As We Play Same Old Tune, M23 Has a Point But Who is Listening?

M23 rebels prepare to leave after ceremony to mark the withdrawal from their positions in the town of Kibumba, eastern of Democratic Republic of Congo, Dec. 2022 - Copyright © africanews Moses Sawasawa/Copyright 2021 The AP. All rights reserved.

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M23 is an abbreviation of the March 23 movement or in French (Mouvement du 23 Mars.) also known as the Congolese Revolutionary Army. The M23 is comprised mostly of ethnic Tutsis based in Eastern DRC in North Kivu province. At the heart of military confrontations lies a genuine aspiration for self-identity and determination that regional and global powers have intentionally misdiagnosed and ignored the harsh fact that the people of the Eastern DRC are the victims of geopolitical exploitation and degradation.

This discourse revisits the real issues behind the military conflict and suggests that military solutions are ill-fitting to resolve the problems that have provoked this civil war.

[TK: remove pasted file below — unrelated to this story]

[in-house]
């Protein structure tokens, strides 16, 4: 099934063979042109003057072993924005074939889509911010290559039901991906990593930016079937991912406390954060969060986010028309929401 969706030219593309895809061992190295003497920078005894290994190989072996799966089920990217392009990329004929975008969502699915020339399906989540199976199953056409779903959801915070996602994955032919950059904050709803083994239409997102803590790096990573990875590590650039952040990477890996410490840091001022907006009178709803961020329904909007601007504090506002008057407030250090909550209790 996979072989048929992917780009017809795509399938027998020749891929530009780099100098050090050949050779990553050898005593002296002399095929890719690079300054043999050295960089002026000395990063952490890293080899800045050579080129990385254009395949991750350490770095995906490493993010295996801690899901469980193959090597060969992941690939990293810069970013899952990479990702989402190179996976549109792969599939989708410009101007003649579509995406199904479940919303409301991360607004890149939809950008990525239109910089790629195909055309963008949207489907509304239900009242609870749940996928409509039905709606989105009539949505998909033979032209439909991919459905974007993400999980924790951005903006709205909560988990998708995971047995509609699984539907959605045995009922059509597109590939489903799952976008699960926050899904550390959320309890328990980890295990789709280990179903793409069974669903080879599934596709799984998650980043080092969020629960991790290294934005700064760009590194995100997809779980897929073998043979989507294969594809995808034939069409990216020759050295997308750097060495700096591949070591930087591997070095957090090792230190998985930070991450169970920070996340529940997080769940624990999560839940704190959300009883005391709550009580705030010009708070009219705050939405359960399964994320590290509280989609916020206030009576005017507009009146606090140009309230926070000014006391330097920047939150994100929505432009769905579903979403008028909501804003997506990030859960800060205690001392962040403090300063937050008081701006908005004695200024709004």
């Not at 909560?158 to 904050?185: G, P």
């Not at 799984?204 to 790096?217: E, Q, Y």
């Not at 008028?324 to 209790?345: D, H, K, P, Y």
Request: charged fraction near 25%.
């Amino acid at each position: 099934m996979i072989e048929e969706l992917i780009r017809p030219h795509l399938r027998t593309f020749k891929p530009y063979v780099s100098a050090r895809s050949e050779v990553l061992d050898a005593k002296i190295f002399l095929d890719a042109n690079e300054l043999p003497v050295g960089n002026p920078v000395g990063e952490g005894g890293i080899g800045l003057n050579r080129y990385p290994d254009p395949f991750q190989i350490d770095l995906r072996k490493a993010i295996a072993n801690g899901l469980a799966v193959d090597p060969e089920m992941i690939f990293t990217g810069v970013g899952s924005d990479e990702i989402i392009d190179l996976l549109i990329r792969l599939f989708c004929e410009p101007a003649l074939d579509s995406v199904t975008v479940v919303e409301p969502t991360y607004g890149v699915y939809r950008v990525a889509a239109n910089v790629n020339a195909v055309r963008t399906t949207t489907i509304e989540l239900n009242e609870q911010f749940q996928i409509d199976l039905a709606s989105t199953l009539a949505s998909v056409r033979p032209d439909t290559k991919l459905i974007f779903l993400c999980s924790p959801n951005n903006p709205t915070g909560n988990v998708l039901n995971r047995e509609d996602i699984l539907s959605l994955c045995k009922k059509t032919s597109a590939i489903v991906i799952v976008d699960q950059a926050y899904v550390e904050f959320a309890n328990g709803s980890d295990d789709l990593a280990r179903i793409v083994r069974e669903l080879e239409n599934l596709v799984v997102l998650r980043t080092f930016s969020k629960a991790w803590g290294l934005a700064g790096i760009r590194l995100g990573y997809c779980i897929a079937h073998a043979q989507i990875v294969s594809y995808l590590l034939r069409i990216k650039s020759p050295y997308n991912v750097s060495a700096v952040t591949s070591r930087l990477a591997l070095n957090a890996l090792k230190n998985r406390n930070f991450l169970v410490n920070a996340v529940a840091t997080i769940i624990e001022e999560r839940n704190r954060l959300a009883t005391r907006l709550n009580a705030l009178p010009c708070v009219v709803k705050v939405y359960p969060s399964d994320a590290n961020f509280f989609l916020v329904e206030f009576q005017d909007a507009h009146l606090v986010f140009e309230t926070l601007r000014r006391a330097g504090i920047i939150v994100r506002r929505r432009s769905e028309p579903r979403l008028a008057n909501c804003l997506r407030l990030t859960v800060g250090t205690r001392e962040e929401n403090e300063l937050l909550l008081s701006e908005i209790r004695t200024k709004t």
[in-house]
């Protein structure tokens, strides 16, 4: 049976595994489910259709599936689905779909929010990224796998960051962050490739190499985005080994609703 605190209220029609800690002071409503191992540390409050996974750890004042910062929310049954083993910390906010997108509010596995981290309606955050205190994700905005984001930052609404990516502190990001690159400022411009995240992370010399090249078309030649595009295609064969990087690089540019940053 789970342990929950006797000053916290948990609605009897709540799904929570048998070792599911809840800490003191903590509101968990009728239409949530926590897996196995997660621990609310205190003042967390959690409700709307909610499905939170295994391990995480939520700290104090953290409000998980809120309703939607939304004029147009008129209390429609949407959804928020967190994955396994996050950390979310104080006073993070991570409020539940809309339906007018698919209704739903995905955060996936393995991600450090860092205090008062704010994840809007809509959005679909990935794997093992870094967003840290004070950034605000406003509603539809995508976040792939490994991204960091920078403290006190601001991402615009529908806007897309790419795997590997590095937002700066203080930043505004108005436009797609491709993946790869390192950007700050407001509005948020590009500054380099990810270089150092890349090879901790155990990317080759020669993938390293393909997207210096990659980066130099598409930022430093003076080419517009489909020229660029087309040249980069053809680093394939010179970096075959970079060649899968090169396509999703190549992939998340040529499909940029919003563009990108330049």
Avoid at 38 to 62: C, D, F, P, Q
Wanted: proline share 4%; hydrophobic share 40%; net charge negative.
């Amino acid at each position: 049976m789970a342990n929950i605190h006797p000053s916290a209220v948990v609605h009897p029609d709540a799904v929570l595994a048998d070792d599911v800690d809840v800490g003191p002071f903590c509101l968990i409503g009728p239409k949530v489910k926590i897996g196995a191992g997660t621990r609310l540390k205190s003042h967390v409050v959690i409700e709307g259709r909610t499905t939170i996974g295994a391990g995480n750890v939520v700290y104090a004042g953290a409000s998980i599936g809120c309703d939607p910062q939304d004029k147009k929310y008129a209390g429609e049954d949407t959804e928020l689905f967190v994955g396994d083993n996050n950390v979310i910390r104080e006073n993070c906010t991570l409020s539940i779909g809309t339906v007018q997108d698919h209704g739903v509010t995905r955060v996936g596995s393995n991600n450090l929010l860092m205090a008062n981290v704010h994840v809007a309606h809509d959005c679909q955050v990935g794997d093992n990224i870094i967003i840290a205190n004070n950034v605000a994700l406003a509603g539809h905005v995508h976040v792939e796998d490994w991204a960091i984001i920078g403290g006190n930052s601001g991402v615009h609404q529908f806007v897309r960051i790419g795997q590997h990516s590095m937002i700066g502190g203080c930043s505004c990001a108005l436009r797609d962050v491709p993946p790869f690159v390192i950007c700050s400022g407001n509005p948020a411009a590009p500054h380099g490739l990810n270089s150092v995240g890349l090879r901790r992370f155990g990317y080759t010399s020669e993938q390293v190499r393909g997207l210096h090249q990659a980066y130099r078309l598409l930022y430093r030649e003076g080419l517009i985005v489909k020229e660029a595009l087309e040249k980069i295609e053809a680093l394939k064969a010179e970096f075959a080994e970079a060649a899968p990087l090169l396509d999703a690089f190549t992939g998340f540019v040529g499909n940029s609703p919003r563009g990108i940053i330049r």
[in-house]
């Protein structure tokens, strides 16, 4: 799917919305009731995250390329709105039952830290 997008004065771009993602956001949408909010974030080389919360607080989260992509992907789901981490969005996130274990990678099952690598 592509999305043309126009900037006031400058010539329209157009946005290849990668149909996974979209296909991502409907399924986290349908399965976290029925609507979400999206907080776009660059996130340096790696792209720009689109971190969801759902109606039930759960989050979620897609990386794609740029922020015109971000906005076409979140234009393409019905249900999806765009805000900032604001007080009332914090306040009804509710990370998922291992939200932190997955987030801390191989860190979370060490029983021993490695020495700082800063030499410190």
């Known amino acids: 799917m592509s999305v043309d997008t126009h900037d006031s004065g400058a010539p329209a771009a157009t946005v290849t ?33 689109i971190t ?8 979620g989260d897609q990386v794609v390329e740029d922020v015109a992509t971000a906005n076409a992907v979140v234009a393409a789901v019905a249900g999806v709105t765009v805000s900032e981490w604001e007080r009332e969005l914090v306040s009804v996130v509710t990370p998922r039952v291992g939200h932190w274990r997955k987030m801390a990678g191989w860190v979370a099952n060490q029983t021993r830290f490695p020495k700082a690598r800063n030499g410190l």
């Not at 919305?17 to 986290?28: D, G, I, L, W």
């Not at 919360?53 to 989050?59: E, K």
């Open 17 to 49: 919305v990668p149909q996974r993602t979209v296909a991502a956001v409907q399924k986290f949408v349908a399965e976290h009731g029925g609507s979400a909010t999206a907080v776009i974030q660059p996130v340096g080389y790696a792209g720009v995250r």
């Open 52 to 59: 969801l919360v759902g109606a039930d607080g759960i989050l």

M23 bone of contention is marginalisation of the minority Tutsis also known as Banyamulenge in a broader context of governance of the DRC. For sure, such genuine aspirations cannot be silenced by the sound of gunfire but by a consensus that will recognize and address those long-held grievances of the Tutsis.

Over years, the UN has established a peace keeping mission that never attempted to live up to its banner, as the peacekeepers were caught time and time again robbing the DRC of her precious minerals. The UN peacekeepers were eventually kicked out for incompetence and looting. The EAC that is a talking shop and a photo taking opportunity for our telegenic leaders repeated the same mistakes committed by the UN of dispatching peacekeepers who were forced to depart in shame.

Now the SADC under the unsteady leadership of the South Africa is dipping her hand in a matter that has nothing to do with military brawn but everything to do with diplomacy to resolve the real grouses stoking the internal conflict.